Can an exercise of set-off rights be contrary to the CCAA?
The Applicant, Carillion, applied for protection under the Companies’ Creditors Arrangement Act following the liquidation proceedings of its parent company in the United Kingdom. The Initial order contained a number of provisions which affected Carillion’s operations during the period of CCAA protection, including:
- a defined stay prohibiting any person or entity from exercising any option, right or remedy or taking any enforcement steps against Carillion;
- a Non-Derogation of Rights provision which required persons who “provided any kind of letter of credit” for the benefit of Carillion before the date of the Initial Order to “continue honouring” these assurances “in accordance with their terms”; and
- a restriction on Carillion’s use of funds during the stay period to on-going business operations, tax payments, and payments to critical suppliers.
HSBC had previously issued to Carillion four separate letters of credit totalling $6,823,000 in respect of supplemental executive retirement plans (the “Letters of Credit”). Carillion and HSBC had entered into a Master Indemnity and Reimbursement Agreement for the Letters of Credit, which authorized HSBC “to set-off and appropriate and to apply any and all deposits” against the obligations of Carillion to reimburse HSBC for the Letters of Credit. HSBC and Carillion also entered into Counter Indemnity Agreements for each of the Letters of Credit, which expressly granted HSBC the contractual right of set-off in the event that HSBC had to make any payments under any of the Letters of Credit. The Commercial Account Operating Agreement between HSBC and Carillion also provided that HSBC may “consolidate and set-off” any amounts owing by Carillion against Carillion’s funds or accounts held by HSBC.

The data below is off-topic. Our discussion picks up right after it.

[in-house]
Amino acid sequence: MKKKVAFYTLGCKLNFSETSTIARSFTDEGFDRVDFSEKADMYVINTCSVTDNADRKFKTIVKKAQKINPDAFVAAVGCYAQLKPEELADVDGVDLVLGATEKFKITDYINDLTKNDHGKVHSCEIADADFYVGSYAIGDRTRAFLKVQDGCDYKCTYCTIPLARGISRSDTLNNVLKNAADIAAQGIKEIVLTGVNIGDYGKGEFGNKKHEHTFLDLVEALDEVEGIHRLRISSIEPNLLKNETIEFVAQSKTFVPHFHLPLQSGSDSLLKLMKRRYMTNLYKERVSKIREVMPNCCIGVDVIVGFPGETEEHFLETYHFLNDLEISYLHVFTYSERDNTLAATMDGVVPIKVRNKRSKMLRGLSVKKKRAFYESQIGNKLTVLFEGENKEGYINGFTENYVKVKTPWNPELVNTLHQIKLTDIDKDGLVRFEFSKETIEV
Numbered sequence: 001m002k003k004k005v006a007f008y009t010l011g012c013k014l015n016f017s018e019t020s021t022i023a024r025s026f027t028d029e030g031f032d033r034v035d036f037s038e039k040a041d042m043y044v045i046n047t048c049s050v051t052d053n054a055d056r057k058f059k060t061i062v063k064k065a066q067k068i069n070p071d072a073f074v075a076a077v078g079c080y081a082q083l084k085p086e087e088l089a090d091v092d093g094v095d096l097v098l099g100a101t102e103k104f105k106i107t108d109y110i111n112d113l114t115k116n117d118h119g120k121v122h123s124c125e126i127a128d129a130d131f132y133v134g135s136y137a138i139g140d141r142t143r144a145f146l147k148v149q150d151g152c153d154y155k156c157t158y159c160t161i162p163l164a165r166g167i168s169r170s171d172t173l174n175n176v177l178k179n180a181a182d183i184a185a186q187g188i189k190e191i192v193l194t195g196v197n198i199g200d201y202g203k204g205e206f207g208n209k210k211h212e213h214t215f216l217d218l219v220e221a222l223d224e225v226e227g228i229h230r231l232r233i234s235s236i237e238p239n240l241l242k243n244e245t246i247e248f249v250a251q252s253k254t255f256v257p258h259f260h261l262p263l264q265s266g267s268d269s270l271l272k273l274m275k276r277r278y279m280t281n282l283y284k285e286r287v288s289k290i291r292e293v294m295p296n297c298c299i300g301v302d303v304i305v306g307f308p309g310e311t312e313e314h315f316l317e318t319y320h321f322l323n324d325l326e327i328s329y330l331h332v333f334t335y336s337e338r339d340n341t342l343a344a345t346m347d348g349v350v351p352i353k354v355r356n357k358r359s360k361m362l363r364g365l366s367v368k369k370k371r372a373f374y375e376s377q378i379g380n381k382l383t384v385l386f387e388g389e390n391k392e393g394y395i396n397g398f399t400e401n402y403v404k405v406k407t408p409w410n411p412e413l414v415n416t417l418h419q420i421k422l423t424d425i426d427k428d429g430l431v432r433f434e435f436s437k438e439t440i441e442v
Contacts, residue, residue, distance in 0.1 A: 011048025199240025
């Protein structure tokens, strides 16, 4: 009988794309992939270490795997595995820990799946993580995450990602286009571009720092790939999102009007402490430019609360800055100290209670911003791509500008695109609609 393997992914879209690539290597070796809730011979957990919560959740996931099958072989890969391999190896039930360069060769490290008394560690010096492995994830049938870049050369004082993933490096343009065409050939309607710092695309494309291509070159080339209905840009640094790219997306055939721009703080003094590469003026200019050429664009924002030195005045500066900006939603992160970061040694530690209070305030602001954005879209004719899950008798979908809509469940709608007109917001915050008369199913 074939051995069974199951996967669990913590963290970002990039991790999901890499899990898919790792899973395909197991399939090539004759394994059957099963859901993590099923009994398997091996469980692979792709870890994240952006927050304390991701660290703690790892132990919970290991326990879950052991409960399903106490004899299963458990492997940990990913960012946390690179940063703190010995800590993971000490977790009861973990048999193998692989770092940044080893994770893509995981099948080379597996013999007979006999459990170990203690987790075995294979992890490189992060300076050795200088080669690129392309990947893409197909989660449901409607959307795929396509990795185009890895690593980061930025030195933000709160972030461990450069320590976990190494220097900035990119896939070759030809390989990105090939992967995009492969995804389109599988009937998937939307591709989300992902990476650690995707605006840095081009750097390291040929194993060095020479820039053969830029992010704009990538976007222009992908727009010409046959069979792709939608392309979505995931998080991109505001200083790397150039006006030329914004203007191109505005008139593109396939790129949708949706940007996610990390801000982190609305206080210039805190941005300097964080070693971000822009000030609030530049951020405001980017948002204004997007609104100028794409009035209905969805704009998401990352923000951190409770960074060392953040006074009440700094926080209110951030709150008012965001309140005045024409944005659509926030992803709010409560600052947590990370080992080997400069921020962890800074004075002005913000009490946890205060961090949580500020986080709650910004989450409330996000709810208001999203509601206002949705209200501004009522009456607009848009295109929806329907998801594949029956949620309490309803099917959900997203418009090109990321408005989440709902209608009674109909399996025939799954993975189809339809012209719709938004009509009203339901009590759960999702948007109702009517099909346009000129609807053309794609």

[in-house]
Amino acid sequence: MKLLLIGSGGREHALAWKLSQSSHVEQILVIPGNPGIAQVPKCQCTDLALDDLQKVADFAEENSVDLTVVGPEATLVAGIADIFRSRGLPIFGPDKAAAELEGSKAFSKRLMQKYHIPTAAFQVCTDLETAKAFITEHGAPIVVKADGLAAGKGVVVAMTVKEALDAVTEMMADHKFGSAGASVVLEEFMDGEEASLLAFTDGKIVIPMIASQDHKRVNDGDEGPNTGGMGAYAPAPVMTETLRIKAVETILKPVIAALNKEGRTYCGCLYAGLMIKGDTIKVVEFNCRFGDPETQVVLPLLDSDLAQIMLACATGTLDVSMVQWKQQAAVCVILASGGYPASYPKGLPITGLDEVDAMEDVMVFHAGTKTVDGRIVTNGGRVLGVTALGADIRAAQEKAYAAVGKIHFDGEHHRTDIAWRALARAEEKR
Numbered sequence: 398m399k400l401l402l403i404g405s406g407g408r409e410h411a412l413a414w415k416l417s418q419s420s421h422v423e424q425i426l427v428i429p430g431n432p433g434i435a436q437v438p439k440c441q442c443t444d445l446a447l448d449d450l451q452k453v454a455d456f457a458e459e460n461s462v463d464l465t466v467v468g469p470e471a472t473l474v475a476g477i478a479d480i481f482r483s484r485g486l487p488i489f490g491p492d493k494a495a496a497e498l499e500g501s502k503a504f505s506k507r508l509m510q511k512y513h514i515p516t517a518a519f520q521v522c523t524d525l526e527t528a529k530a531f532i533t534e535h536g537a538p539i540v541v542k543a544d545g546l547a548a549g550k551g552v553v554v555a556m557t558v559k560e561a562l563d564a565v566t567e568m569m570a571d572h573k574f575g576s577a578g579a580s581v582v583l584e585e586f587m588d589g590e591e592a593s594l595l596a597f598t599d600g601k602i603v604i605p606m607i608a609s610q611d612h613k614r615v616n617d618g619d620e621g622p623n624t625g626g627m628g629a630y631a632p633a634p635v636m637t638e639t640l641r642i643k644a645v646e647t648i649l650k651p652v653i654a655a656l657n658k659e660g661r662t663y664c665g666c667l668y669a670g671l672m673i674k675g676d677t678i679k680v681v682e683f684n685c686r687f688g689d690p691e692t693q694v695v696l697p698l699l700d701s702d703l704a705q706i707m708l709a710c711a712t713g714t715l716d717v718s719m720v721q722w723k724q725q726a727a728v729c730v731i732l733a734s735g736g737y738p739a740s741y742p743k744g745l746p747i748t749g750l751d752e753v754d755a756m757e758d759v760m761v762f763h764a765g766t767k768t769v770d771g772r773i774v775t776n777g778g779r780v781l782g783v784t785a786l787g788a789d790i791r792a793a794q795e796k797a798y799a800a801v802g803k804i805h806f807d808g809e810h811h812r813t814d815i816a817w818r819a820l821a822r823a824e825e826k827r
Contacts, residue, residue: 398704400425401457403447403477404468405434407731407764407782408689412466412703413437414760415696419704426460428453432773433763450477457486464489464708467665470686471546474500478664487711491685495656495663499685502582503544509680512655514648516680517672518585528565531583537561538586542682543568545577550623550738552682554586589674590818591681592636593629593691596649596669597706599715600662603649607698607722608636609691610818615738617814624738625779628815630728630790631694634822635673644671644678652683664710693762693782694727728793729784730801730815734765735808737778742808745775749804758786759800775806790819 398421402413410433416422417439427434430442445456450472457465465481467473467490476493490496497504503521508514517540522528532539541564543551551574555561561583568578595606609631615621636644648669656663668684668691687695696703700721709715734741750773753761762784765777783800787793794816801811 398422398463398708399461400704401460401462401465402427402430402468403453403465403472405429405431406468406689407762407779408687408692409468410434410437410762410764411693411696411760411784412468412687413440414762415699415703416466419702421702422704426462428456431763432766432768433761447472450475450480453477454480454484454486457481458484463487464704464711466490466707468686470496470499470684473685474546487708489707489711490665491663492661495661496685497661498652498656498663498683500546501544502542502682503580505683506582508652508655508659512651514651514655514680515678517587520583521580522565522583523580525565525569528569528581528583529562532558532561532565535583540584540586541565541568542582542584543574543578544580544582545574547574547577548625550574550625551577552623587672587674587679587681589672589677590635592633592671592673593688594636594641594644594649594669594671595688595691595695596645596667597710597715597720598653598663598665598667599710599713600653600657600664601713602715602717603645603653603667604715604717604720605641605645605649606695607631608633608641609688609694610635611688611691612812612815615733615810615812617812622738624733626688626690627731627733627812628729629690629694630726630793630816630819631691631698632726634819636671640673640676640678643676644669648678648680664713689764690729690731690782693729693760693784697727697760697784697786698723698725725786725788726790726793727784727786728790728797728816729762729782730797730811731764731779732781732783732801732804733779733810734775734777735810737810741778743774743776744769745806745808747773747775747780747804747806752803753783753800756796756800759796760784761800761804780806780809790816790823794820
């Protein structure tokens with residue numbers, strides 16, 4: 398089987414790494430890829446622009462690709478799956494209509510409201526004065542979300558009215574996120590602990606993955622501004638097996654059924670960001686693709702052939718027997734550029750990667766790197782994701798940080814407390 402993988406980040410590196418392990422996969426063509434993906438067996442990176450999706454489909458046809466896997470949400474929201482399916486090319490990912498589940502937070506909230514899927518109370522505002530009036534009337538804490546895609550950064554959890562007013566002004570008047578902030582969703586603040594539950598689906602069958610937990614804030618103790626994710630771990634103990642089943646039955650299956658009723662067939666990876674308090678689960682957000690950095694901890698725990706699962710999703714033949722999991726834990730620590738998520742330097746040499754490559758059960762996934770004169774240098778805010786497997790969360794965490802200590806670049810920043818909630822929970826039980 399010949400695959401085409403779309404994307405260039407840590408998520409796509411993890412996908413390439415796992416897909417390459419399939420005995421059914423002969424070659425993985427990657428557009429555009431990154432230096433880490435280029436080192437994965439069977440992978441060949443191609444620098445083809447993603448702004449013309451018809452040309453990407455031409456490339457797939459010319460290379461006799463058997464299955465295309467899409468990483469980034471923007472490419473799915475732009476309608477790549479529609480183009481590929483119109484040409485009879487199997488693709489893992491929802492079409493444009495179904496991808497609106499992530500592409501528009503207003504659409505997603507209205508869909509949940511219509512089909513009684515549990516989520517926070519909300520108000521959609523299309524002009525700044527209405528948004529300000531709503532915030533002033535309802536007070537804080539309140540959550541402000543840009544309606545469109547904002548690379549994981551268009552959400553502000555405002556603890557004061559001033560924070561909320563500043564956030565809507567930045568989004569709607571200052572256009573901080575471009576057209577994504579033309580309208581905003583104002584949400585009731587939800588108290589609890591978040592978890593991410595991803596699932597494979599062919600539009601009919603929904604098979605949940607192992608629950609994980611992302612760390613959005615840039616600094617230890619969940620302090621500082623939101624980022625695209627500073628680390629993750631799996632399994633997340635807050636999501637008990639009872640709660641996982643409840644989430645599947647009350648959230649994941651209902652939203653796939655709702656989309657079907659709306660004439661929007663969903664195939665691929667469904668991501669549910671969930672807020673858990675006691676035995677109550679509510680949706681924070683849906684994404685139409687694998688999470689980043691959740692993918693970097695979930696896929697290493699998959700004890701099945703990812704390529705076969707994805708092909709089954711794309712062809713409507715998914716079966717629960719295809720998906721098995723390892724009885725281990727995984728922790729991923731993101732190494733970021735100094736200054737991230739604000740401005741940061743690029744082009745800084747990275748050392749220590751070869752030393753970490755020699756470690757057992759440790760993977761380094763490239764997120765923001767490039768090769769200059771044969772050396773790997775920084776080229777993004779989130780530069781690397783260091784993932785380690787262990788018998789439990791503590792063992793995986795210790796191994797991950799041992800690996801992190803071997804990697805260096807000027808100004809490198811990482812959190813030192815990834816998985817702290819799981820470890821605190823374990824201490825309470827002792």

Following the granting of the Initial Order, Carillion continued to utilize the operating account with HSBC as its primary general account for day-to-day business expenses. This account was controlled by Carillion and overseen by the Monitor, who approved all significant disbursements. Carillion also began the process of downsizing employees and ceased making payments in respect of the supplemental executive retirement plans. The retirement plans were transferred to Royal Trust, which called on the Letters of Credit. HSBC paid out $6.8 million for the Letters of Credit on February 15, 2018. On February 27, 2018, HSBC notified Carillion that it would be taking $6.8 million from the operating account by “exercising the set-off right afforded to it pursuant to the Counter Indemnity Agreements, the Master Indemnity Agreement, and in law.” Without waiting for a reply from Carillion, HSBC took the money.
On February 27, 2018, the operating account held about $60.5 million, of which Carillion argued it had allocated all but $2,471,012 to accrued business and operating expenses and/or impressed with super priority charges. Carillion stated that the $6.8 million taken by HSBC included $4.3 million of encumbered funds, which forced Carillion to dip into the charged monies to continue running its day-to-day business. Carillion brought this motion for an order directing HSBC to return or make payment of $6,823,000 to Carillion or the Monitor, and a declaration that HSBC was prohibited from exercising any rights to set-off, indemnification, damages, reimbursement or otherwise sweep or debit Carillion’s bank accounts during the CCAA stay period.
Carillion argued that HSBC was not entitled to take $6.8 million from its operating account because (a) the Initial Order prohibited HSBC from exercising any rights of set-off or any other legal rights against the Carillion during the stay period; (b) in any event, funds in the operating account were already allocated to specific operating expenses and/or impressed with priority charges and were not available for set-off purposes; and (c) HSBC’s exercise of a self-help remedy in order to obtain full recovery of its unsecured claim was a bad faith maneuver contrary to the purposes and policy of the CCAA. HSBC improved its position to obtain “full recovery”, while all other creditors could expect to recover only a small fraction of their claims.